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Spoiling for a Fight, Not a Spoiled Fight

July 3, 2011

The announcement of a presidential bid by Thaddeus McCotter, R-Michigan was the best news since months. So far, the French Cowboy knows nearly nothing about McCotter, but any serious candidate for the GOP nomination is a welcome addition to the current field. It’s not that the group of candidates so far is that bad. All in all they’re perfectly viable and decent candidates, and yet, when McCotter gave his rationale for throwing in his hat for the 2012 nomination, he expressed something quite true:

“Republicans may be prepared at some point to settle, if that’s how they view it, but they’re still viewing it as, ‘Why should we have to? What else is out there?’” he said. “It doesn’t mean it’s me. The reason I was here was to find out are they even asking that question, ‘What else is out there?’ And they clearly are.”

McCotter is surely getting observers’ intense attention thanks to two simple facts: 1) The list of candidates so far is not particularly inspiring, and 2) there are no red flags on him, at least on first sight, which means that he is potentially a new GOP superstar. And this is what, deep inside, we are actually hoping for: a fresh candidate who can make the crowds roar with excitement and take on President Obama with the drama due the defeat of such an outstandingly bad president.

Obama became president with a bang, and every Republican wants to see him go down not only with a wimper, but with the GOP triumphantly rising with a vengeance. All the electable candidates of the current field may have the potential to pull something like that off. But the most important factor for such a feat is enthusiastic support from voters. And so far, as McCotter correctly pointed out, voters are not convinced of any of the candidates and are scanning the horizon for new joiners.

The French Cowboy believes that at least two types of candidates would be well suited to take on Obama in an entertaining political battle and come out triumphantly: the impeccable intellectual with an air of authority who makes everyone else look like a school boy (“Type A” candidate), or the unconventional it’s-the-American-way die-hard who will connect with voters in a way that revives faith in democracy even in the most hardend cynic (the “Type B” candidate).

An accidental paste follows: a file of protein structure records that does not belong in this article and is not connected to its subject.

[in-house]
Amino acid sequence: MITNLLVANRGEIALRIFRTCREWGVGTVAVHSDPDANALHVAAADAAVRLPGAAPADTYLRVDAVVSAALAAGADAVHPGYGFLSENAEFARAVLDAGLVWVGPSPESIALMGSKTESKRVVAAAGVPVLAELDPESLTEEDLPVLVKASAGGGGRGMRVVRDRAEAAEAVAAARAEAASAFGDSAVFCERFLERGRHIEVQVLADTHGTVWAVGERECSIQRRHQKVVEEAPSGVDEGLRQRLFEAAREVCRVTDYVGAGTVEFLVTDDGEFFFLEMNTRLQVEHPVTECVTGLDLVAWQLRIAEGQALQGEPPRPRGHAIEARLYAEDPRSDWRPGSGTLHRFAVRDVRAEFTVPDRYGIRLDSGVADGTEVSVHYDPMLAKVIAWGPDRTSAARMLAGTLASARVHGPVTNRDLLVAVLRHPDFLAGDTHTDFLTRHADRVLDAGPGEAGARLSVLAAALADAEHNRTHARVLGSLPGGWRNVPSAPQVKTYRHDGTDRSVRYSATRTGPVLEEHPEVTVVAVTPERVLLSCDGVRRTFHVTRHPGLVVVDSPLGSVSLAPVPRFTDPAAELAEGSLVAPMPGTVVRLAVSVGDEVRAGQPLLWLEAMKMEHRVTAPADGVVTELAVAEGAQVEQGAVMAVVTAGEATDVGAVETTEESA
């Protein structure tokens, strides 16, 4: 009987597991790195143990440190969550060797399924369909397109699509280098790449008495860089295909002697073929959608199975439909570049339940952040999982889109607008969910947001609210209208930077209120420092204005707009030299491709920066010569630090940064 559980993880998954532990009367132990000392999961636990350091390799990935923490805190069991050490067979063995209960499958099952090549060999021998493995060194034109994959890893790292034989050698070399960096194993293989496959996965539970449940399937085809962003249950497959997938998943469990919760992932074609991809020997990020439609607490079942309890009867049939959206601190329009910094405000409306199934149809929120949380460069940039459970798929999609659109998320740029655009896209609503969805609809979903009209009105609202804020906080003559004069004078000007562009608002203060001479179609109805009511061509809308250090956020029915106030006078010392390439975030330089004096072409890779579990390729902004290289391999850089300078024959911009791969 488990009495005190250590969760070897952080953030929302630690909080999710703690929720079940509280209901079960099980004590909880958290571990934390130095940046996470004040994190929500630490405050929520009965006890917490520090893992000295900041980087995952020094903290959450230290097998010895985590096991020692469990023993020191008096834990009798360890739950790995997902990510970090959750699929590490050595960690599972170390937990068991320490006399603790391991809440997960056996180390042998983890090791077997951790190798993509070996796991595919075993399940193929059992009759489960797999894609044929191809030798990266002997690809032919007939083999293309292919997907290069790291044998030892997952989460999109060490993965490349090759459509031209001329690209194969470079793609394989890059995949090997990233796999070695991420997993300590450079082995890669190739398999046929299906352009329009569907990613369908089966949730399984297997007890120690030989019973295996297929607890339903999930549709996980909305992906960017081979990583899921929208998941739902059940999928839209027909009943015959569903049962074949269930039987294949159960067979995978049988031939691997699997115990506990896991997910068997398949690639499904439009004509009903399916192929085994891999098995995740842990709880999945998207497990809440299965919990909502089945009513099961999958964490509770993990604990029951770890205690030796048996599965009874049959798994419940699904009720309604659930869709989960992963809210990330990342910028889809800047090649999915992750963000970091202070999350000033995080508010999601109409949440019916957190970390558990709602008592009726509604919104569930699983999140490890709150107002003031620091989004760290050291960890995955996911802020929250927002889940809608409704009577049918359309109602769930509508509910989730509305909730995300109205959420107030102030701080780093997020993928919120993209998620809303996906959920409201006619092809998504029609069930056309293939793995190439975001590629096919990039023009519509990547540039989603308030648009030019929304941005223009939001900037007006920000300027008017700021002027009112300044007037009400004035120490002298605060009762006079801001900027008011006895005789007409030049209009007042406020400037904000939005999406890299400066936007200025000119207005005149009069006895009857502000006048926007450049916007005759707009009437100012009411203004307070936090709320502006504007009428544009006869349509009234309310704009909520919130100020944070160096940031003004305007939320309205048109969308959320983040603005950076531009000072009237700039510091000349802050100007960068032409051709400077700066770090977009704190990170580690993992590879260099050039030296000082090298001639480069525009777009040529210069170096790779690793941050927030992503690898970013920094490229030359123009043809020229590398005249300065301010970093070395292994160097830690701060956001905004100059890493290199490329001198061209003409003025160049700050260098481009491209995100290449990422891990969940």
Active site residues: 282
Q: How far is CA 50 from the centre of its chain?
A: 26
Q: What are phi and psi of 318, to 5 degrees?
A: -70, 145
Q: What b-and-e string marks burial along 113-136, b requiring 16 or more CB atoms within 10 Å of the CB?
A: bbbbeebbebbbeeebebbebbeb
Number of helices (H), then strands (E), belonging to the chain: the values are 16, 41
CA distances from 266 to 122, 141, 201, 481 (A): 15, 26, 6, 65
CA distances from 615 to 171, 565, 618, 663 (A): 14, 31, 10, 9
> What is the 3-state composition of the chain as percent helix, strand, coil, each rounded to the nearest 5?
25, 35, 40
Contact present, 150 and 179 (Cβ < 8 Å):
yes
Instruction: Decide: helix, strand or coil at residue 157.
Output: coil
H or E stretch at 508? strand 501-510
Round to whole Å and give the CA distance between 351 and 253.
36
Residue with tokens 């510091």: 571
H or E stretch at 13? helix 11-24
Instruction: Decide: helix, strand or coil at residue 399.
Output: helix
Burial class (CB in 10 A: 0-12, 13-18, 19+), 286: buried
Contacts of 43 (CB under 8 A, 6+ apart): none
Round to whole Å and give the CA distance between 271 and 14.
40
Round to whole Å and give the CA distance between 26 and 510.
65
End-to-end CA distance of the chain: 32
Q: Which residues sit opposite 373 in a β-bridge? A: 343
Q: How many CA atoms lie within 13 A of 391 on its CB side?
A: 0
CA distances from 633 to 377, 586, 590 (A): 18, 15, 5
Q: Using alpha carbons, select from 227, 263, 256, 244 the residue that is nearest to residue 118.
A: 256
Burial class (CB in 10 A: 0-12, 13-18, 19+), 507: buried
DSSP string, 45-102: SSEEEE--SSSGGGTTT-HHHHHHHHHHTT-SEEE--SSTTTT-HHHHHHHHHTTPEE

Type A candidates are very rare, and I wonder whether they can succeed in this climate at all. Gaining votes and enthusiasm by being very intelligent and noble may not be possible in these times. If we had an Abraham Lincoln as a presidential contender, would he stand a chance? Not unless the media portrayed him favourably– as they did with Obama whose cluelessness was depicted as being the result of intellectual considerations beyond our understanding — and when was the last time a GOP candidate had the media on his side?

Now Type B candidates are probably not easier to have, but there was one in very recent memory which makes it so much easier to imagine that such a candidate will emerge at any moment. I’m speaking of course of Sarah Palin whose supporters are both fervent and numerous. The big question in her case is whether she has reached a limit of support which she cannot possible extend. The French Cowboy thinks that, for no fault of her own, Mme Palin has indeed reached such a limit more likely than not.

Just to insert a little thesis on the side here: It looks like Palin has made a breach into the media’s glass ceiling for conservative women which cleared the way for Michelle Bachmann. The anti-Palin squads were still congratulating themselves for having destroyed the former governor’s public image and still watching her every move suspiciously, when Mme Bachmann went unnoticed by them as she was developing into a sort of Ersatz-Palin.

After conservative voters had been fired up by Sarah Palin during the last presidential election which yet they lost, they are all the more hoping for a thrilling fight with a captivating candidate this time around where beating President Obama is an even more worthy goal than was beating presidential nominee Obama then.

It is still early in the game and you can probably say that presidential elections are predictably unpredictable, at least at this stage. Yet the French Cowboy hopes that the number of candidates will still increase. Win or lose, any level of enthusiasm for the presidential candidate of the GOP that falls short of the enthusiasm with which Sarah Palin had been backed as VP-candidate would be a disappointment, especially against a president who rode into the White House on a wave of religious adoration.

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